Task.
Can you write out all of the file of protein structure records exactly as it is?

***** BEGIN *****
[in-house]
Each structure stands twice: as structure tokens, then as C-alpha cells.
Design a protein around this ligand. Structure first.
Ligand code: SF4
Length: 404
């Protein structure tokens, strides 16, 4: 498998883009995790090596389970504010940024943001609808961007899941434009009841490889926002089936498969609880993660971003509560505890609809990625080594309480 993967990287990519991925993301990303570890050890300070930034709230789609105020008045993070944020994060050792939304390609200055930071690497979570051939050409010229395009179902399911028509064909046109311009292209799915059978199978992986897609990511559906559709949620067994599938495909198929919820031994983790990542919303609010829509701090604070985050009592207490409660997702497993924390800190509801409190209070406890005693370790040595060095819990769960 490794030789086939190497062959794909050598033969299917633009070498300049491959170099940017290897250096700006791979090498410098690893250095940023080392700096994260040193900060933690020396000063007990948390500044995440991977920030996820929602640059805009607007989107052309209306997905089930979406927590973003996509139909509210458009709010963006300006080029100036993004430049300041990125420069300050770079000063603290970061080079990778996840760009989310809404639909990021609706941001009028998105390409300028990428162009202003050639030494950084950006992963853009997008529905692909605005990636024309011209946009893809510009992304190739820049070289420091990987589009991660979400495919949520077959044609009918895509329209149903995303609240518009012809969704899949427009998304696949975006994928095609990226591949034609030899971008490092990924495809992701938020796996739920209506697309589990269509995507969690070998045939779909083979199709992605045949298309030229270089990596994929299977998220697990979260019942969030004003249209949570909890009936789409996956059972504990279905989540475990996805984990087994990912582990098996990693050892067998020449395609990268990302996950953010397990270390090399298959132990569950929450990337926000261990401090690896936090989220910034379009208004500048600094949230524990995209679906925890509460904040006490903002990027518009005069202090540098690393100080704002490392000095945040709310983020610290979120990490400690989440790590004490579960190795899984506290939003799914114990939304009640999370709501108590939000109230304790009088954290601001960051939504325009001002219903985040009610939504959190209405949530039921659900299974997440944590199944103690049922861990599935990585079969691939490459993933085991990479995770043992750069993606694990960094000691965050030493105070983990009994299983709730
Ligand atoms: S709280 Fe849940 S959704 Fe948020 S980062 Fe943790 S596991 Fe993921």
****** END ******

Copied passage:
[in-house]
Each structure stands twice: as structure tokens, then as C-alpha cells.
Design a protein around this ligand. Structure first.
Ligand code: SF4
Length: 404
């Protein structure tokens, strides 16, 4: 498998883009995790090596389970504010940024943001609808961007899941434009009841490889926002089936498969609880993660971003509560505890609809990625080594309480 993967990287990519991925993301990303570890050890300070930034709230789609105020008045993070944020994060050792939304390609200055930071690497979570051939050409010229395009179902399911028509064909046109311009292209799915059978199978992986897609990511559906559709949620067994599938495909198929919820031994983790990542919303609010829509701090604070985050009592207490409660997702497993924390800190509801409190209070406890005693370790040595060095819990769960 490794030789086939190497062959794909050598033969299917633009070498300049491959170099940017290897250096700006791979090498410098690893250095940023080392700096994260040193900060933690020396000063007990948390500044995440991977920030996820929602640059805009607007989107052309209306997905089930979406927590973003996509139909509210458009709010963006300006080029100036993004430049300041990125420069300050770079000063603290970061080079990778996840760009989310809404639909990021609706941001009028998105390409300028990428162009202003050639030494950084950006992963853009997008529905692909605005990636024309011209946009893809510009992304190739820049070289420091990987589009991660979400495919949520077959044609009918895509329209149903995303609240518009012809969704899949427009998304696949975006994928095609990226591949034609030899971008490092990924495809992701938020796996739920209506697309589990269509995507969690070998045939779909083979199709992605045949298309030229270089990596994929299977998220697990979260019942969030004003249209949570909890009936789409996956059972504990279905989540475990996805984990087994990912582990098996990693050892067998020449395609990268990302996950953010397990270390090399298959132990569950929450990337926000261990401090690896936090989220910034379009208004500048600094949230524990995209679906925890509460904040006490903002990027518009005069202090540098690393100080704002490392000095945040709310983020610290979120990490400690989440790590004490579960190795899984506290939003799914114990939304009640999370709501108590939000109230304790009088954290601001960051939504325009001002219903985040009610939504959190209405949530039921659900299974997440944590199944103690049922861990599935990585079969691939490459993933085991990479995770043992750069993606694990960094000691965050030493105070983990009994299983709730
Ligand atoms: S709280 Fe849940 S959704 Fe948020 S980062 Fe943790 S596991 Fe993921």